Stop and search alone is not the answer to London's violent crime problem

Without action now, the violence will spread out from London with the 'county lines' strategy used by metropolitan gangs to win new, rural markets for their drug and other illegal trades

Saturday 07 April 2018 20:39 BST
Metropolitan Police Commissioner Cressida Dick is deploying a further 300 officers in the capital this weekend
Metropolitan Police Commissioner Cressida Dick is deploying a further 300 officers in the capital this weekend (PA)

Stop and search has a long and often inglorious history dating back at least to the Vagrancy Act of 1824. Misuse of “sus” laws, where a police officer was given the power to stop and search any person “on suspicion”, were a factor in waves of riots in the 1980s.

Baroness Doreen Lawrence’s latest intervention in the debate about the murder of her son reminds us just how institutionally racist British policing has been. It was never clear that disrespectful and random questioning of young black men yielded a great dividend in public safety, or even marijuana, and it generally destroyed confidence in community policing, particularly in London.

It bears mentioning that if the white thugs who stabbed Stephen Lawrence to death a quarter century ago had been stopped and searched, or thought there was a possibility of it, he might not have died. As it is, Stephen would have been more likely to suffer official harassment than his assailants.

Such a legacy of mistrust is why Sadiq Khan, the mayor of London, was once sceptical about the power, and about the parallel abuse of traffic regulations to target ethnic minorities. Times, though, do change. Today, though the “crisis” is sometimes absurdly exaggerated – some make London sound as dangerous as Mogadishu or Raqqa – there is a very obvious problem, concentrated in some districts of London and among young people of colour, though not confined to such places and groups.

There is understandable public fear, and Mr Khan is right to respond with a modernised and more intelligent version of the traditional stop and search power. Past scandals now mean the police are required to keep proper records of stops, and the proliferation of body cameras mean that police officers’ work can be scrutinised and, it’s hoped, seen to be fair and proportionate. Policing is more than ever in the open, and race relations are healthy enough to support the use of strong powers.

Above all, as Mr Khan stressed, stop and search powers have to be used intelligently – in all senses of the word. The police even now have much intelligence at their disposal, and if they can use enhanced powers to catch known miscreants then that would be a net benefit to the wider community.

There is also a strong argument for a greater police presence on the streets. It is often said that a bobby on the beat would on average come across a crime being committed on a foot patrol once every 17 years. Hence the move to using cars and other means of upholding the law. Yet as the Metropolitan Police commissioner, Cressida Dick, has said, the police crucially rely on public support, and that is why she is deploying a further 300 officers in the capital this weekend. Longer term, it stands to reason that a visible human presence in the hotspots for knife and gun crime, and in known hunting grounds of moped muggers, serves as some sort of deterrent to the lowlifes. Crucially, beat officers can gather invaluable intelligence from the public they serve, because the public see a clear benefit to themselves in working with them to bear down on the drugs trade, and the people traffickers who blight neighbourhoods.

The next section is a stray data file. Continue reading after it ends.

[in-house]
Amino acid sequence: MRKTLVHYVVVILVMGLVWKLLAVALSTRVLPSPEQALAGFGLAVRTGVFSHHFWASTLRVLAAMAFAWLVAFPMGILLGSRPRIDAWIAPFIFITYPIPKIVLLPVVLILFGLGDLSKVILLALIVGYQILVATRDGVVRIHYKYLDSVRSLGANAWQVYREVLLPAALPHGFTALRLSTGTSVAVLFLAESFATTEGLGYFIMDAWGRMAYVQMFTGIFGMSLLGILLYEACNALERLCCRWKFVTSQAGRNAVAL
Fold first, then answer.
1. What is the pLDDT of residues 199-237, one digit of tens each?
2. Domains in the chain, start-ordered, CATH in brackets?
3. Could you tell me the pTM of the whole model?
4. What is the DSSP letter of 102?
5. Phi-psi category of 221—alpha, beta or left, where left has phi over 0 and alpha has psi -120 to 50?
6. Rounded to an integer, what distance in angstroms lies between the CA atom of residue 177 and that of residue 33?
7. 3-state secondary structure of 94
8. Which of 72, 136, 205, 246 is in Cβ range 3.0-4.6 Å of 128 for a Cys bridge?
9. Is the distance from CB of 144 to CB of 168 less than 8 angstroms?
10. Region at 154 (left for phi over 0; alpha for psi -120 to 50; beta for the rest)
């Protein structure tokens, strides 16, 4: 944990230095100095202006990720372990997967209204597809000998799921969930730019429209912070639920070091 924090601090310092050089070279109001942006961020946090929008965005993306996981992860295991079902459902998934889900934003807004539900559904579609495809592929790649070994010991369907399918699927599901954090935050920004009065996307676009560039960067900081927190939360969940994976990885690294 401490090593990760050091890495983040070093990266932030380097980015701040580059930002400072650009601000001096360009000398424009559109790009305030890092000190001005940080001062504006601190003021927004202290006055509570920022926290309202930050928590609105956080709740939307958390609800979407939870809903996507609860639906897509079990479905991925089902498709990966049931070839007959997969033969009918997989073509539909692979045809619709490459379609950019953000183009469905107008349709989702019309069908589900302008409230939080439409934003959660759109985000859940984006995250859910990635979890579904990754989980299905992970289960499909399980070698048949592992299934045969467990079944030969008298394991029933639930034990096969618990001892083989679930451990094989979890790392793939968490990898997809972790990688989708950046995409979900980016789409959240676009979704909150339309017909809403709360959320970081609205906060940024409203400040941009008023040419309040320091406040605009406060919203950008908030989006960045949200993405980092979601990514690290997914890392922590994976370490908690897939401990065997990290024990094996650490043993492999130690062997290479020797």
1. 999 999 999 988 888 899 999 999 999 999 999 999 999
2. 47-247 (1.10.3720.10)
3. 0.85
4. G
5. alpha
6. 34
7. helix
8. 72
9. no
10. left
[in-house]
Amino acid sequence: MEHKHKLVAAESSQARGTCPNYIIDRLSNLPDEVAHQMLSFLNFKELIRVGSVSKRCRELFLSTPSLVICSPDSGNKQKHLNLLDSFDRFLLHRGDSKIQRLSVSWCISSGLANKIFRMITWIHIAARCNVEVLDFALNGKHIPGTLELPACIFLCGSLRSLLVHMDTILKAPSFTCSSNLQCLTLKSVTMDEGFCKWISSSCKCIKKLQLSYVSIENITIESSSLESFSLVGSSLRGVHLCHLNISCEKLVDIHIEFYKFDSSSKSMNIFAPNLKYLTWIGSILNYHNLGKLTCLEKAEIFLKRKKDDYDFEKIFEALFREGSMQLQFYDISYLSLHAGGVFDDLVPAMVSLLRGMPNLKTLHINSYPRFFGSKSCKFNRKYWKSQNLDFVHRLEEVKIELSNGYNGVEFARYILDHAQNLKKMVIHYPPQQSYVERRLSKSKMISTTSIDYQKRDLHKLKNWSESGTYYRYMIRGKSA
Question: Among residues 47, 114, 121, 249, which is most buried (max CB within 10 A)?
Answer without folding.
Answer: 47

Manchester, Nottingham, Glasgow and other cities have experienced the kind of spikes in lethal crime that London has seen, on and off, for many decades. The Krays and the Richardsons remain legendary for their violence. Gangs such as those depicted in BBC’s Brummie Peaky Blinders, or even Dickens’s Fagin and his child thieves, are hardly a 21st century invention. Yet the size and viciousness of the gangs has few real parallels in the past, not least in the use of firearms derived from the wars in the Balkans. Without action now, the violence will spread out from London with the “county lines strategy” strategy used by metropolitan gangs to win new rural markets for their drug and other illegal trades.

London’s struggles with violent crime are the concern of the whole country. If these murders and vicious assaults took place in Chelsea rather than Tottenham then the home secretary would be chairing a Cobra meeting now. Moreover they threaten to degrade poorer neighbourhoods in every city, town and village. It is an emerging national emergency. For the sake of pushing back against the Americanisation, nationalisation and militarisation of London’s gangs, we need action before things really do get out of control.

Join our commenting forum

Join thought-provoking conversations, follow other Independent readers and see their replies


Thank you for registering

Please refresh the page or navigate to another page on the site to be automatically logged inPlease refresh your browser to be logged in